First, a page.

Children of Two Households
    Footnotes

    “Children of Two Households,” Ensign, Apr. 2007, 75

    Children of Two Households

    Do you teach a class or plan activities involving children who divide their time between two households? As a stepmother of two such children, I’d like to share some positive things our Church leaders have done to include us.

    • Be sensitive to the children’s schedules. When possible, try to plan important activities when the child can be in attendance. For instance, their involvement in Primary opening exercises or sharing time might be planned in advance. Though it can be difficult to accommodate everyone, we appreciate it when Church leaders make an effort to do so. Our experience has been that the children have little or no control of their visitation schedules, and it’s better for our relationship with the other parent to suggest as few changes as possible.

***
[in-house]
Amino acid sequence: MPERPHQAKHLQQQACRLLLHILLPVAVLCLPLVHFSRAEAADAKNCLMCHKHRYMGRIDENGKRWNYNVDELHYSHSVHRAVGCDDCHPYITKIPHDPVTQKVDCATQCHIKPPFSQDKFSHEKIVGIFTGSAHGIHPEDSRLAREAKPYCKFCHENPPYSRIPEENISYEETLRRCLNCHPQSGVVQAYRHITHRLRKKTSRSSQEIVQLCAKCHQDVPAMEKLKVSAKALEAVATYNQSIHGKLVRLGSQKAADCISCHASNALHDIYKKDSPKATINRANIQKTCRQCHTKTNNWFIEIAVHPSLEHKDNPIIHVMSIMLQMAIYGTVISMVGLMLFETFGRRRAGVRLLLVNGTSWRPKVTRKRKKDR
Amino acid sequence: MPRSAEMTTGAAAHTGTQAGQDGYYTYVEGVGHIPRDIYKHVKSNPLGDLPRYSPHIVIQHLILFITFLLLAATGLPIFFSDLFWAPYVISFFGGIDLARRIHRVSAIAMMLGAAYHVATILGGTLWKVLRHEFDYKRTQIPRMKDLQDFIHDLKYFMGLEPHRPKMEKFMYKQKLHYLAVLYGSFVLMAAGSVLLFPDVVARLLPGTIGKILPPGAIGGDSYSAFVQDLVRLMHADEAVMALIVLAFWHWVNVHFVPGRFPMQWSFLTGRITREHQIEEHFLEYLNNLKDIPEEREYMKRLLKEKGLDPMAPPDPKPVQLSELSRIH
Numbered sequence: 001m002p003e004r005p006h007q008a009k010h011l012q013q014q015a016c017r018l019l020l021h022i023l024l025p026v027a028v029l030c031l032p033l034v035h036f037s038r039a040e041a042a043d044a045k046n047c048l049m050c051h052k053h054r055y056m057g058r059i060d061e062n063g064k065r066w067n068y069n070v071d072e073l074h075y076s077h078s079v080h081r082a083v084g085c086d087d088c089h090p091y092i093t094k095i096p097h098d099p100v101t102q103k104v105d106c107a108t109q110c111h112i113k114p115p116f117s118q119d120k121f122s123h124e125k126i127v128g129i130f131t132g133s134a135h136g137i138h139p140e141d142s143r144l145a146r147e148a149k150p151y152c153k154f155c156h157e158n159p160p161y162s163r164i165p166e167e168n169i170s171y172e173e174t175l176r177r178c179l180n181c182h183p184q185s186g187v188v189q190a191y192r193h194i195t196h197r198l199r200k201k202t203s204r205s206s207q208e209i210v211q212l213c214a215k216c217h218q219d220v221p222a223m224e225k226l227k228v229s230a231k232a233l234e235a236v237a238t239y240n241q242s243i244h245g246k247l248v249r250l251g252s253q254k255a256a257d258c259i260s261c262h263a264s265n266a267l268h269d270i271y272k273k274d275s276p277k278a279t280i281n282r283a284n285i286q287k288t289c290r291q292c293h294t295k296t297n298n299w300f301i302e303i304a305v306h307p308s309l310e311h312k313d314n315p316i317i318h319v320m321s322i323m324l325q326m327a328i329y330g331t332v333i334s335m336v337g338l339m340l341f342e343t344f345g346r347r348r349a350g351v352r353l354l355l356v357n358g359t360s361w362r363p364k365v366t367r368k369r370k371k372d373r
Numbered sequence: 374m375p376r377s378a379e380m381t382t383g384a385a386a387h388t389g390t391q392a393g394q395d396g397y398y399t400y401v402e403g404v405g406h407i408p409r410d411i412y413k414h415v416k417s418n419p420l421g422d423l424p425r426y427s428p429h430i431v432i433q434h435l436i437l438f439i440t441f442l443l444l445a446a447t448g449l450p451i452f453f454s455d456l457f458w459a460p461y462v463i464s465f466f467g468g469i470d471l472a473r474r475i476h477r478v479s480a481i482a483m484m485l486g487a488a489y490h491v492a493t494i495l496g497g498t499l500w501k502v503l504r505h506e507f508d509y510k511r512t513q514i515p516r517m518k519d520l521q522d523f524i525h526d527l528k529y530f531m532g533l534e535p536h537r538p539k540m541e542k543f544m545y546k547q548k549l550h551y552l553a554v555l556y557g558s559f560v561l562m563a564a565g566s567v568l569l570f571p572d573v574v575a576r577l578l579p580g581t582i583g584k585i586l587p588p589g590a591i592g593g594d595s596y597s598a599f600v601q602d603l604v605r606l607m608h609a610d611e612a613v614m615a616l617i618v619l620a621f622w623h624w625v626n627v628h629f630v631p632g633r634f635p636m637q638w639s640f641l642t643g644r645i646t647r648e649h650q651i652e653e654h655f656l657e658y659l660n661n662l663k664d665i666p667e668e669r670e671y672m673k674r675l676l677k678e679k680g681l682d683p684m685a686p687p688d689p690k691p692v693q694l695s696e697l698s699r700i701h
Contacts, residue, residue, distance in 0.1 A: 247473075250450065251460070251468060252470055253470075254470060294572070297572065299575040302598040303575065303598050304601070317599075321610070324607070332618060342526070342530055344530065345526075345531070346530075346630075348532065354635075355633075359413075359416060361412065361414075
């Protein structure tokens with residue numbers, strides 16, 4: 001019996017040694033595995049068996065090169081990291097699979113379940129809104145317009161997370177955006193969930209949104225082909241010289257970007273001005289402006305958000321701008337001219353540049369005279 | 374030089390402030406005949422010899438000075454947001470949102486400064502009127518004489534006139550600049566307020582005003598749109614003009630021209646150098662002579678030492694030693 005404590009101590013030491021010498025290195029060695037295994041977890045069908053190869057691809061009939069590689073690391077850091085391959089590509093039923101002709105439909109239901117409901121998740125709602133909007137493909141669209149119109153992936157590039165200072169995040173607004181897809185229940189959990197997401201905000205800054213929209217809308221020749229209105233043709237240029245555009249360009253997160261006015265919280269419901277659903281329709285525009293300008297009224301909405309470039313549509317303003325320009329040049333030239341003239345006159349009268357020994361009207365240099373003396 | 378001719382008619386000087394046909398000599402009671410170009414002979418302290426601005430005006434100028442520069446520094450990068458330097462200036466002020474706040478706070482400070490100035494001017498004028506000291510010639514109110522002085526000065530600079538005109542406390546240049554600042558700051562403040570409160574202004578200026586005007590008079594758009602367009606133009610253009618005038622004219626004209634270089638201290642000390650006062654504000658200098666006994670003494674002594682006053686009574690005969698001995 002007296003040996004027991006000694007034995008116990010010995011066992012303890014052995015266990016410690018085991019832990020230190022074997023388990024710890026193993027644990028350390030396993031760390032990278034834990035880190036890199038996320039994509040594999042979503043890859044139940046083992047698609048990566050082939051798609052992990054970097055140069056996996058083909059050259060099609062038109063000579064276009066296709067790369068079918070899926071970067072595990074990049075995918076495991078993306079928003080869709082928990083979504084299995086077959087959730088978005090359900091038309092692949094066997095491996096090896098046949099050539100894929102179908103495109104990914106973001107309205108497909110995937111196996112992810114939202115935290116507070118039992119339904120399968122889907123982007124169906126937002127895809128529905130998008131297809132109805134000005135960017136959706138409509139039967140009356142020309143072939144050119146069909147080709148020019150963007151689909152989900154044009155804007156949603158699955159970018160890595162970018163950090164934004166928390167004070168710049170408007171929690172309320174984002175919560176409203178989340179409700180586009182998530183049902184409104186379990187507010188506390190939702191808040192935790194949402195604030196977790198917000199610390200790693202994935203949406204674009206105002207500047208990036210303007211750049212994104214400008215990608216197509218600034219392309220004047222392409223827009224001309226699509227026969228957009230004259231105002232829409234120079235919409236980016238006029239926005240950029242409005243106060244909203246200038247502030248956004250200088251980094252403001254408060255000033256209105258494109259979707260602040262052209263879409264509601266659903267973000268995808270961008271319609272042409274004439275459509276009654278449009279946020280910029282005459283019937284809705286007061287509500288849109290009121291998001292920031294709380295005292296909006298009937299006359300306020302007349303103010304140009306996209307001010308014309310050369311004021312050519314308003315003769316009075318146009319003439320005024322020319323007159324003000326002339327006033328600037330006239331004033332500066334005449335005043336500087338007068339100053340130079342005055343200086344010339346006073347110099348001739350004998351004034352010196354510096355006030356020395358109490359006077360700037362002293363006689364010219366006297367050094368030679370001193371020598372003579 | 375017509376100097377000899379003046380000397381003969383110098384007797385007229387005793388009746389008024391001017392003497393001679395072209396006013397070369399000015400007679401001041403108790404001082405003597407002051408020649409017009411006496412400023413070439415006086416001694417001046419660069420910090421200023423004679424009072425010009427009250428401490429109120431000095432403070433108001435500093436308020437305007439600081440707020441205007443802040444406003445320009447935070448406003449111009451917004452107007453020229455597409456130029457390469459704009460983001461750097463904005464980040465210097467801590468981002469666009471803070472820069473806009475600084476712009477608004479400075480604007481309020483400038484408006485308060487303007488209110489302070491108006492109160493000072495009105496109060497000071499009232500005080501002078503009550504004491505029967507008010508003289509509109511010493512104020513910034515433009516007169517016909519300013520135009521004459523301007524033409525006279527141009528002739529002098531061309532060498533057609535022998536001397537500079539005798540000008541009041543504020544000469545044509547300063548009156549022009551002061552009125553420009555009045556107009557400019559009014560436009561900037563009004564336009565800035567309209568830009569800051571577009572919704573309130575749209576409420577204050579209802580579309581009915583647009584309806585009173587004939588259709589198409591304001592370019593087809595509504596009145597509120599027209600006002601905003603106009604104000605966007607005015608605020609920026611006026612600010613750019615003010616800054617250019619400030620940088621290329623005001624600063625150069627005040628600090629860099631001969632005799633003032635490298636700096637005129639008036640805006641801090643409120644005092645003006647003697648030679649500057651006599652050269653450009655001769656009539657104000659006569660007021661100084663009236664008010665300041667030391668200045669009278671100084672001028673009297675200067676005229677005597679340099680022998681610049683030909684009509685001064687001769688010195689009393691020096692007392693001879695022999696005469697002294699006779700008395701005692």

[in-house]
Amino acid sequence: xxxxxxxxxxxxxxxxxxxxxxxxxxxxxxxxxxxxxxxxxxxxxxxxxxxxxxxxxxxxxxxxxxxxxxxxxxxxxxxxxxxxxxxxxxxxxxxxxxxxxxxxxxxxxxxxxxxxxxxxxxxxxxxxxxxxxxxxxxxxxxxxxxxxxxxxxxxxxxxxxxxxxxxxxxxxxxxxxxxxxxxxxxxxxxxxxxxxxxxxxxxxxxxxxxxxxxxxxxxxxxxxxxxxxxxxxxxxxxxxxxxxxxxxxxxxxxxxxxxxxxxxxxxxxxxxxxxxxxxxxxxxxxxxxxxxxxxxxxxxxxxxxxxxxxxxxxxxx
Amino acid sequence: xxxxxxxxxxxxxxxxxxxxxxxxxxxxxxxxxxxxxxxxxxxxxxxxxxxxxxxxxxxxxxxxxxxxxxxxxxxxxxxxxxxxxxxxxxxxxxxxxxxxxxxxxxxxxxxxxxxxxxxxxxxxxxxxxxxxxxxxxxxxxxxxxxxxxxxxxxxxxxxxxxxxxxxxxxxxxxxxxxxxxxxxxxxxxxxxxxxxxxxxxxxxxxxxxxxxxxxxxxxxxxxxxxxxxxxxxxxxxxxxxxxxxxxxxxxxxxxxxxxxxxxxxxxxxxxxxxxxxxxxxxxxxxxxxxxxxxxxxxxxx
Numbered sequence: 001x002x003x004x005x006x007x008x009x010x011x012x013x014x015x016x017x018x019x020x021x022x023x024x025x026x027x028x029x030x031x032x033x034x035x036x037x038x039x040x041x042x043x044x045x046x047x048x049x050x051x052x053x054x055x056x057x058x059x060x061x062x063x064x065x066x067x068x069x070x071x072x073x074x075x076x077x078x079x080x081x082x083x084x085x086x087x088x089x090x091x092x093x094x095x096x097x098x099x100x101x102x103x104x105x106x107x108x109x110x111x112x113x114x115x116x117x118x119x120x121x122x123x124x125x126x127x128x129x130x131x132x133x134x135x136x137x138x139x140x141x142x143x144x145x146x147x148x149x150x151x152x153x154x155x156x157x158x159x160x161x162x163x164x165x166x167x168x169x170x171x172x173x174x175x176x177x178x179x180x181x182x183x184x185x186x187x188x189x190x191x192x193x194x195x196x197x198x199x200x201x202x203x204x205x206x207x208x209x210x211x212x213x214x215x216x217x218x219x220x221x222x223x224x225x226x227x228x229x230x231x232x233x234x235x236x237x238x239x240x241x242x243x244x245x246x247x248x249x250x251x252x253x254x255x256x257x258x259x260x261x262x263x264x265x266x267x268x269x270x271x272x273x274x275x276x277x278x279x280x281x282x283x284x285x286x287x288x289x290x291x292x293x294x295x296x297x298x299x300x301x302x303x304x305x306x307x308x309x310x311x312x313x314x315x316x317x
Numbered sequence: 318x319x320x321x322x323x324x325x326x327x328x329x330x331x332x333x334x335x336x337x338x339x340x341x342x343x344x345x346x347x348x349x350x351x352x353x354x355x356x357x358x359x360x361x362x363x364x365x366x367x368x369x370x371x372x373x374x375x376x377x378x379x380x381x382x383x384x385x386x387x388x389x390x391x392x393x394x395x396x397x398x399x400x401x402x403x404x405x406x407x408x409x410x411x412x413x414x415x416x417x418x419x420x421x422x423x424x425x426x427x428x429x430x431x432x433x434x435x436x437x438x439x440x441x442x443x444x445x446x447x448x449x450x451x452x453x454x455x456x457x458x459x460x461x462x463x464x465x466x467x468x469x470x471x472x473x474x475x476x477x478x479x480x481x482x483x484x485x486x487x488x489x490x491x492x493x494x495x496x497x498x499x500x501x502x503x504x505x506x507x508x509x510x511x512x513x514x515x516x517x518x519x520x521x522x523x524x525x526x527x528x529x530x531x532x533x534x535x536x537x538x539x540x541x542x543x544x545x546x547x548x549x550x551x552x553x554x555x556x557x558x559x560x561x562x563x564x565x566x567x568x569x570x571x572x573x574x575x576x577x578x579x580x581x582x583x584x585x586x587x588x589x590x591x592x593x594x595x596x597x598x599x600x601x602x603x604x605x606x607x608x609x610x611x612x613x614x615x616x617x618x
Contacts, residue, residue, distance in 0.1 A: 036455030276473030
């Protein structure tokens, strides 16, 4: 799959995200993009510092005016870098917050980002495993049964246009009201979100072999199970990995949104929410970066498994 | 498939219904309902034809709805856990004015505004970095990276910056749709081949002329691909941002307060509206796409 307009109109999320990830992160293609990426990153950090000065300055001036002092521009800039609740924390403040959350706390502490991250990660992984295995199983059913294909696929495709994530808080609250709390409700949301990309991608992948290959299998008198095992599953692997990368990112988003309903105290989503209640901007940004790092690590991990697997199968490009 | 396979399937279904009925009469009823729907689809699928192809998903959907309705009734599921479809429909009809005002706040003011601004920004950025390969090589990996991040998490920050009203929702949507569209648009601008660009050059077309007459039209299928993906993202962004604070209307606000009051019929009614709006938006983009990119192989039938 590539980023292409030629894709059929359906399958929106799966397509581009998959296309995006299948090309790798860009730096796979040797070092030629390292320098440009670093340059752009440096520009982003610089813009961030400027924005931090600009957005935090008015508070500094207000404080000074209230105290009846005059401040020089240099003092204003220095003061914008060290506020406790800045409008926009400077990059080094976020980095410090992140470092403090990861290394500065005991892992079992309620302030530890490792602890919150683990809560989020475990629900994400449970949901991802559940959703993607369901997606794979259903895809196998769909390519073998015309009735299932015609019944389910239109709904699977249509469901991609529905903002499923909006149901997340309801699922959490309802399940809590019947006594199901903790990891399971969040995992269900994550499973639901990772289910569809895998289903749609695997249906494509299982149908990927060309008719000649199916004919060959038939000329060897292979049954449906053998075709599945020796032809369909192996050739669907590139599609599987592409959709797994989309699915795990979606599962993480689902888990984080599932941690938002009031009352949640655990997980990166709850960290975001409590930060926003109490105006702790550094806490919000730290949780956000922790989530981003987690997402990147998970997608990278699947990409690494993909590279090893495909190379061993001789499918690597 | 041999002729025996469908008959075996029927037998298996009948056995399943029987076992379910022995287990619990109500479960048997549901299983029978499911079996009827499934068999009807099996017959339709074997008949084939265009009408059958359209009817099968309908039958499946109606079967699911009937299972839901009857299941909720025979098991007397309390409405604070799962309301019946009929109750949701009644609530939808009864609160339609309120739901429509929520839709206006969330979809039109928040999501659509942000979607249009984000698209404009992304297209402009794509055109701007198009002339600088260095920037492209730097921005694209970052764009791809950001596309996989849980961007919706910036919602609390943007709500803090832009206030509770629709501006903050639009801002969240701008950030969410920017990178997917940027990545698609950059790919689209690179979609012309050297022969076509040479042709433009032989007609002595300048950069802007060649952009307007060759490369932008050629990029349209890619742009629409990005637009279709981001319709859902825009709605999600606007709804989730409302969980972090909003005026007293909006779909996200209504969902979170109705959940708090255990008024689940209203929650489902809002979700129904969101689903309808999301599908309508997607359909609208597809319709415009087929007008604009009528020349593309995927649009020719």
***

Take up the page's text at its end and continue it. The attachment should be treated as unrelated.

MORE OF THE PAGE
• Prepare lessons with them in mind. Quickly review last week’s lesson to help the child catch up. One kind Primary teacher even informed us of the Sunday lessons we had missed so we could teach them at family home evening when everyone was together. Also, consider avoiding attendance sticker charts that are meant to show everyone’s progress but instead visually single out the children who can’t regularly participate.

    Today’s children live in a variety of circumstances. We appreciate teachers who make every effort to involve our children at church and help them gain testimonies of the Savior and His gospel.
    Tricia Aagard, Wyoming

    Illustration by Joe Flores